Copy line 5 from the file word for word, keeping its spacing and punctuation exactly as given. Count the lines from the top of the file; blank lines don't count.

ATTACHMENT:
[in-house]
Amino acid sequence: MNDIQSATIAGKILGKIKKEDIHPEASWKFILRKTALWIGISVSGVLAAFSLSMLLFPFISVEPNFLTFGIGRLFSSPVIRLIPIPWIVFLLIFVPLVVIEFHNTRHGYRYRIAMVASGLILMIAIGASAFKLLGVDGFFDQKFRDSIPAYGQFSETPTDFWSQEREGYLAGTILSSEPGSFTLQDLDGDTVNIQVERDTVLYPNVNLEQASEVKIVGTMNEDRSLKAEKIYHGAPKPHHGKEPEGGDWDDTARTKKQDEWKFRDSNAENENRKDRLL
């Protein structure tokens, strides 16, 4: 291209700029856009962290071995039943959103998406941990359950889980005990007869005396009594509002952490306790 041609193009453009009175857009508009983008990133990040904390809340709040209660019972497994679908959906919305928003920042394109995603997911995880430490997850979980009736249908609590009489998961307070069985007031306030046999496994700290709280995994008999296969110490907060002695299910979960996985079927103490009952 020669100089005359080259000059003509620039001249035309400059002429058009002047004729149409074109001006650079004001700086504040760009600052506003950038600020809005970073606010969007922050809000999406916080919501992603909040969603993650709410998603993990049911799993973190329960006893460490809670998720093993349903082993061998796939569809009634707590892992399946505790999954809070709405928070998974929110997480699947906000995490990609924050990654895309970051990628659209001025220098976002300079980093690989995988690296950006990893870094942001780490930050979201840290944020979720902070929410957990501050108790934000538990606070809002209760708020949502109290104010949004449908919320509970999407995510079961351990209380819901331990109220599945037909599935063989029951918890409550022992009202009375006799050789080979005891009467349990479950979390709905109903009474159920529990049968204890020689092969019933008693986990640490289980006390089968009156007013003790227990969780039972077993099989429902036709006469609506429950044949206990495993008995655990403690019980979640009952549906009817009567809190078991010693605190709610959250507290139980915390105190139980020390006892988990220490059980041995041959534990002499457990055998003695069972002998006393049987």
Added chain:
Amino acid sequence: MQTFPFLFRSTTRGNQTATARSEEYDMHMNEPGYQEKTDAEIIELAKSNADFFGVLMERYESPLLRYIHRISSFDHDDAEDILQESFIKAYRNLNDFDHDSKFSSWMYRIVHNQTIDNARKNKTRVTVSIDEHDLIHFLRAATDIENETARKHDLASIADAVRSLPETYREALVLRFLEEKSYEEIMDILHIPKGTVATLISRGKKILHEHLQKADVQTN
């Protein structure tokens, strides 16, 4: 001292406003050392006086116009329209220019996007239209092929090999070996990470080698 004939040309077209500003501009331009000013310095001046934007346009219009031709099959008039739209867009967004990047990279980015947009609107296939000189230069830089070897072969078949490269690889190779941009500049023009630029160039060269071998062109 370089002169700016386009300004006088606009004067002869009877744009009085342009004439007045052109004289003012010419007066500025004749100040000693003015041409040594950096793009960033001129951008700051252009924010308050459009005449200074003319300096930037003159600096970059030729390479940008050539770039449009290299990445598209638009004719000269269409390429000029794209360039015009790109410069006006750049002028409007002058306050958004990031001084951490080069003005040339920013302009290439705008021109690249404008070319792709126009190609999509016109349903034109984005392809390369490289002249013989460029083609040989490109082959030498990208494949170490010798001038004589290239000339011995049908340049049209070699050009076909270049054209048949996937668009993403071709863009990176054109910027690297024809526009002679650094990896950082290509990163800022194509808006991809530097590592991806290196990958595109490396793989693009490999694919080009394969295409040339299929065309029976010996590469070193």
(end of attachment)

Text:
Amino acid sequence: MQTFPFLFRSTTRGNQTATARSEEYDMHMNEPGYQEKTDAEIIELAKSNADFFGVLMERYESPLLRYIHRISSFDHDDAEDILQESFIKAYRNLNDFDHDSKFSSWMYRIVHNQTIDNARKNKTRVTVSIDEHDLIHFLRAATDIENETARKHDLASIADAVRSLPETYREALVLRFLEEKSYEEIMDILHIPKGTVATLISRGKKILHEHLQKADVQTN